Top 3 Emerging Risks for Hotel Management

By Kurt Meister Senior Vice President , Distinguished Programs | August 26, 2018

When it comes to mitigating risk in the hospitality industry, it's time for a wakeup call – and not the kind you call the concierge to schedule. Seismic events like the horrific Las Vegas shooting, a multitude of large-scale point-of-sale (POS) attacks and the #MeToo movement have reframed the dialogue about how hotel owners and operators can best keep their guests, their data and their employees safe.

Here's a look at emerging risks within these three areas, and tips for how hotel owners and operators can rise to the challenge:

1.    Hotel Security: Balance Convenience With Safety

Last October's Las Vegas massacre – where a gunman opened fire from the 32nd floor of the Mandalay Bay hotel – taught the industry many lessons. The biggest one: Hotels can no longer ignore what happens behind closed doors.

One of the earliest changes Vegas hotels made after the tragic event was revamping longstanding "do not disturb" policies by preventing guests from hanging the once ubiquitous placards on their room door handle for more than 24 hours. Major chains like Hilton and Disney went one step further by replacing "do not disturb" signs with "room occupied" placards.

In addition, many hotels nationwide – at the urging of industry leaders – now insist that a hotel employee enter every guest room at least once each day.

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Coming up in June 2019...

Sales & Marketing: Selling Experiences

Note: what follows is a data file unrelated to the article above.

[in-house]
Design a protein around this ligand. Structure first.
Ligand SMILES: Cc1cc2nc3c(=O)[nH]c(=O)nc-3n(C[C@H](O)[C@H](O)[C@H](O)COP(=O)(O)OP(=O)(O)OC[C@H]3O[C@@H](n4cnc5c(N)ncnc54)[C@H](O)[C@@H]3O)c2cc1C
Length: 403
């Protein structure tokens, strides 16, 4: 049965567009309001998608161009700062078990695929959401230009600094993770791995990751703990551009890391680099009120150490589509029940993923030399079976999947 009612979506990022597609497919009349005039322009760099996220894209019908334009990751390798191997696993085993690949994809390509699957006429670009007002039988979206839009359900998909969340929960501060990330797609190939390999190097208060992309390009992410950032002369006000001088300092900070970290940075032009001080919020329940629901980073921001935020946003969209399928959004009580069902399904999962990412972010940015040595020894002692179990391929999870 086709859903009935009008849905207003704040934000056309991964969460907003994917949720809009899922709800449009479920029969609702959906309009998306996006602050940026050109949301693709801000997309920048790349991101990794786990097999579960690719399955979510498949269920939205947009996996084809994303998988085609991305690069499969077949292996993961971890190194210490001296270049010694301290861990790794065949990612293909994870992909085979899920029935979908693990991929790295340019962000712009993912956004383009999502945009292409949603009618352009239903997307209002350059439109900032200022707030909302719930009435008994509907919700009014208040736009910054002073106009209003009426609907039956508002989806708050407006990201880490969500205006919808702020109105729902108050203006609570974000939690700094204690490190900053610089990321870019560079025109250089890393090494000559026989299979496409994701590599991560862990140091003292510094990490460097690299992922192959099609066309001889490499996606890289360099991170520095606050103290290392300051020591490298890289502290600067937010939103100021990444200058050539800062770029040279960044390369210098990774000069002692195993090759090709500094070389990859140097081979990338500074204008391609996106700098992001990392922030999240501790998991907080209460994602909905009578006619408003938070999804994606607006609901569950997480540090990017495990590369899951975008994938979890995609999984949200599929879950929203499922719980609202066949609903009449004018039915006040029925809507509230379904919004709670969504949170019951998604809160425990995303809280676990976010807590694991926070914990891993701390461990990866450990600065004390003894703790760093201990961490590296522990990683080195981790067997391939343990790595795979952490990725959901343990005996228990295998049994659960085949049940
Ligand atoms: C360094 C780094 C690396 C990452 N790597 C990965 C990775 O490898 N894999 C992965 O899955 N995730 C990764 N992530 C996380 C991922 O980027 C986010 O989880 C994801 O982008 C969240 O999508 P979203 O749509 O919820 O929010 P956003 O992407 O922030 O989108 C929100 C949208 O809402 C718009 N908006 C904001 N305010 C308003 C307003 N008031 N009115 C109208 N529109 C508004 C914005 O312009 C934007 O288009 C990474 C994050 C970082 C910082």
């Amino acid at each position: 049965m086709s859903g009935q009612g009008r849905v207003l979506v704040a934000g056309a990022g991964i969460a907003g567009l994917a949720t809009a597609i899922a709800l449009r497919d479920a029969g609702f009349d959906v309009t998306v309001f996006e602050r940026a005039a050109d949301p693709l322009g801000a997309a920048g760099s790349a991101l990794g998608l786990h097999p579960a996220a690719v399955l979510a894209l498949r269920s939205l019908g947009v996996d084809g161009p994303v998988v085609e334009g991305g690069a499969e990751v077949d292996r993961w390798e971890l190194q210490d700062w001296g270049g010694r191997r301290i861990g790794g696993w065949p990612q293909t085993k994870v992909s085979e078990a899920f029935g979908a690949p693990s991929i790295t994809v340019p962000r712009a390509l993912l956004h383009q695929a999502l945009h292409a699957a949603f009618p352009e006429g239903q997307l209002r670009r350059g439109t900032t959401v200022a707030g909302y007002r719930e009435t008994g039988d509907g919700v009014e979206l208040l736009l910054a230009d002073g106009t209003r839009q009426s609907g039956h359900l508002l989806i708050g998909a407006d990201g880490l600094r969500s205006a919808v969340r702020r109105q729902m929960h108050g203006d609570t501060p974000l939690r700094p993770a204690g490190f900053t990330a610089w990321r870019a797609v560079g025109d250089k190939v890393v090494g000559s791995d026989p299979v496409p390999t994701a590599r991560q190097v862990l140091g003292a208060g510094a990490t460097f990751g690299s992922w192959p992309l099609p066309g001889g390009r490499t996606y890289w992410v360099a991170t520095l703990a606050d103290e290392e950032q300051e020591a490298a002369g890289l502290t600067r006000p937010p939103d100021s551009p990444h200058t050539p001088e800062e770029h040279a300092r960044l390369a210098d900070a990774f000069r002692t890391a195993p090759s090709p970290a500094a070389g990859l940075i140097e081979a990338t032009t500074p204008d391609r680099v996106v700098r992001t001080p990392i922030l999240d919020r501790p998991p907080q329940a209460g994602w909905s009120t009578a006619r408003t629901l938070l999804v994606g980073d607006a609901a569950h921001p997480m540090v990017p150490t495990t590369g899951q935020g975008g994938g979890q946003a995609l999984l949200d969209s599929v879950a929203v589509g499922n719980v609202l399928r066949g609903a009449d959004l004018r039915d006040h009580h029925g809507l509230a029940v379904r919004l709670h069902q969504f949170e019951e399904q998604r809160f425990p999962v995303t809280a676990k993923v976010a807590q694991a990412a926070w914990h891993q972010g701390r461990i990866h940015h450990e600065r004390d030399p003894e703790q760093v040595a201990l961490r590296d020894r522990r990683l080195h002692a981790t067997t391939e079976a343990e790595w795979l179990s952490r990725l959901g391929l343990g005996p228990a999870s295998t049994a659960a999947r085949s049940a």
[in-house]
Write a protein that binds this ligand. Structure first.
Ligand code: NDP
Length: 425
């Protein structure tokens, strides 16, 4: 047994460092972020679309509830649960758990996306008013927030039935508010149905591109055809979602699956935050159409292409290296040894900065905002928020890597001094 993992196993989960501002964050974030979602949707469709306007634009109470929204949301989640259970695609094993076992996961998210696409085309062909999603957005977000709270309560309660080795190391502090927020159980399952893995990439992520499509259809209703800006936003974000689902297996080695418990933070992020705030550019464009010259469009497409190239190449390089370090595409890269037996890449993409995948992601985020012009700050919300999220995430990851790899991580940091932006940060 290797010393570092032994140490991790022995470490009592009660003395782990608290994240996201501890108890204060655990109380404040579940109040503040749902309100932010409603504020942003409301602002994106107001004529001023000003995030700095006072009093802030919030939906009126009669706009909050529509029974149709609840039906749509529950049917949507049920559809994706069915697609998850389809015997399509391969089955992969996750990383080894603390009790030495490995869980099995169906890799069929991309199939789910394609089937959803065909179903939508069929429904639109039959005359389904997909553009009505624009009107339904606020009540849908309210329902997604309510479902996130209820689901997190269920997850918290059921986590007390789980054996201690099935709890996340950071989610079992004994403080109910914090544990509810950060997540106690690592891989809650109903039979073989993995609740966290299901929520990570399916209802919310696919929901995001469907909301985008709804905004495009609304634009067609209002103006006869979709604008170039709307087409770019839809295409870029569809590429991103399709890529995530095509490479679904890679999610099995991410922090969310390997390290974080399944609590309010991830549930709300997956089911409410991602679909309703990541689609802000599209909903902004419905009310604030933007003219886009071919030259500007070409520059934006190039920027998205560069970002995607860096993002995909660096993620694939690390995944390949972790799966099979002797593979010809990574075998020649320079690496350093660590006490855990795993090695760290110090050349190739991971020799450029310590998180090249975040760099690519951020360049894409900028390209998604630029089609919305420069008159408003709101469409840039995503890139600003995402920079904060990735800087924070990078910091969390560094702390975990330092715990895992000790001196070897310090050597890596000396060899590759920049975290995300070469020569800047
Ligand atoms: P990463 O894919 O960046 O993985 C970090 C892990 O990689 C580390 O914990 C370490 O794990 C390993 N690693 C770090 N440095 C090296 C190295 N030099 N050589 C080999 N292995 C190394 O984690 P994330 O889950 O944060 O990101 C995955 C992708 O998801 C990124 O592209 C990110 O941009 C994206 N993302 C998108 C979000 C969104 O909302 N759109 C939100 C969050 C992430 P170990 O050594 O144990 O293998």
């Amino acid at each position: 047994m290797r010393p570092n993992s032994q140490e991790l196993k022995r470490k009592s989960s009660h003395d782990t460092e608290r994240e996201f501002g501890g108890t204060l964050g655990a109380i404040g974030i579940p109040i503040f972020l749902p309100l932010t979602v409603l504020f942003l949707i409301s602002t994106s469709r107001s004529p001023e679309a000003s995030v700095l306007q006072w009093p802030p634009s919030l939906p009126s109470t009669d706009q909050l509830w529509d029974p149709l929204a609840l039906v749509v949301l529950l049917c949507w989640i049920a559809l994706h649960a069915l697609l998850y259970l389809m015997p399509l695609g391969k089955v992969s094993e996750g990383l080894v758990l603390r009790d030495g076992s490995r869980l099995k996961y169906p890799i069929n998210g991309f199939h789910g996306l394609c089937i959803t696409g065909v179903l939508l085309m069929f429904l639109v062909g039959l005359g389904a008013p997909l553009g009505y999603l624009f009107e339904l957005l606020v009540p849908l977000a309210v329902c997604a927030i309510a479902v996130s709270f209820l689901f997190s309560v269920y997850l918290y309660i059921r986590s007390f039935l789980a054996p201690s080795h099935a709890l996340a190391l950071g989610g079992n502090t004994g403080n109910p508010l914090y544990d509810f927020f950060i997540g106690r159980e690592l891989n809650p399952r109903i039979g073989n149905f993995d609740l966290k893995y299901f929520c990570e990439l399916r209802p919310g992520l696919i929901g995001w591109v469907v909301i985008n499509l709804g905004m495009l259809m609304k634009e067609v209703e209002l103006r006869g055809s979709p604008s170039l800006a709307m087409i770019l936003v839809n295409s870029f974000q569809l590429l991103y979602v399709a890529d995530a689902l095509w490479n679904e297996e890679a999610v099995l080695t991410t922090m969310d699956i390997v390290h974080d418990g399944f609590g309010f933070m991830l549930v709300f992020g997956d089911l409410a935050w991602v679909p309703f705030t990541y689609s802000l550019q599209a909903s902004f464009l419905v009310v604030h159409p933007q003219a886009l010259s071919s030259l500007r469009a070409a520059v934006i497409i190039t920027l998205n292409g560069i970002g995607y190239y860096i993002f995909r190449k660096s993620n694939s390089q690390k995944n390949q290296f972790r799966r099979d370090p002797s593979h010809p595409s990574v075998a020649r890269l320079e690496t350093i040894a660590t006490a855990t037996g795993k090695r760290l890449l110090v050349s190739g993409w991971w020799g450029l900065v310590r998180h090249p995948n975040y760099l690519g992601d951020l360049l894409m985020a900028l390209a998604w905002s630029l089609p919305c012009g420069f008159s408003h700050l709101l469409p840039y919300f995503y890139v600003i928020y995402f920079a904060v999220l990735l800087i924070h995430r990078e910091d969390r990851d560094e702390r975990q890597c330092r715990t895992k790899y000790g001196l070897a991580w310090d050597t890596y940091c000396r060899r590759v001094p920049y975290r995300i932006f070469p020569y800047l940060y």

There are innumerable strategies that Hotel Sales and Marketing Directors employ to find, engage and entice guests to their property, and those strategies are constantly evolving. A breakthrough technology, pioneering platform, or even a simple algorithm update can cause new trends to emerge and upend the best laid plans. Sales and marketing departments must remain agile so they can adapt to the ever changing digital landscape. As an example, the popularity of virtual reality is on the rise, as 360 interactive technologies become more mainstream. Chatbots and artificial intelligence are also poised to become the next big things, as they take guest personalization to a whole new level. But one sales and marketing trend that is currently resulting in major benefits for hotels is experiential marketing - the effort to deliver an experience to potential guests. Mainly this is accomplished through the creative use of video and images, and by utilizing what has become known as User Generated Content. By sharing actual personal content (videos and pictures) from satisfied guests who have experienced the delights of a property, prospective guests can more easily imagine themselves having the same experience. Similarly, Hotel Generated Content is equally important. Hotels are more than beds and effective video presentations can tell a compelling story - a story about what makes the hotel appealing and unique. A video walk-through of rooms is essential, as are video tours in different areas of a hotel. The goal is to highlight what makes the property exceptional, but also to show real people having real fun - an experience that prospective guests can have too. The June Hotel Business Review will report on some of these issues and strategies, and examine how some sales and marketing professionals are integrating them into their operations.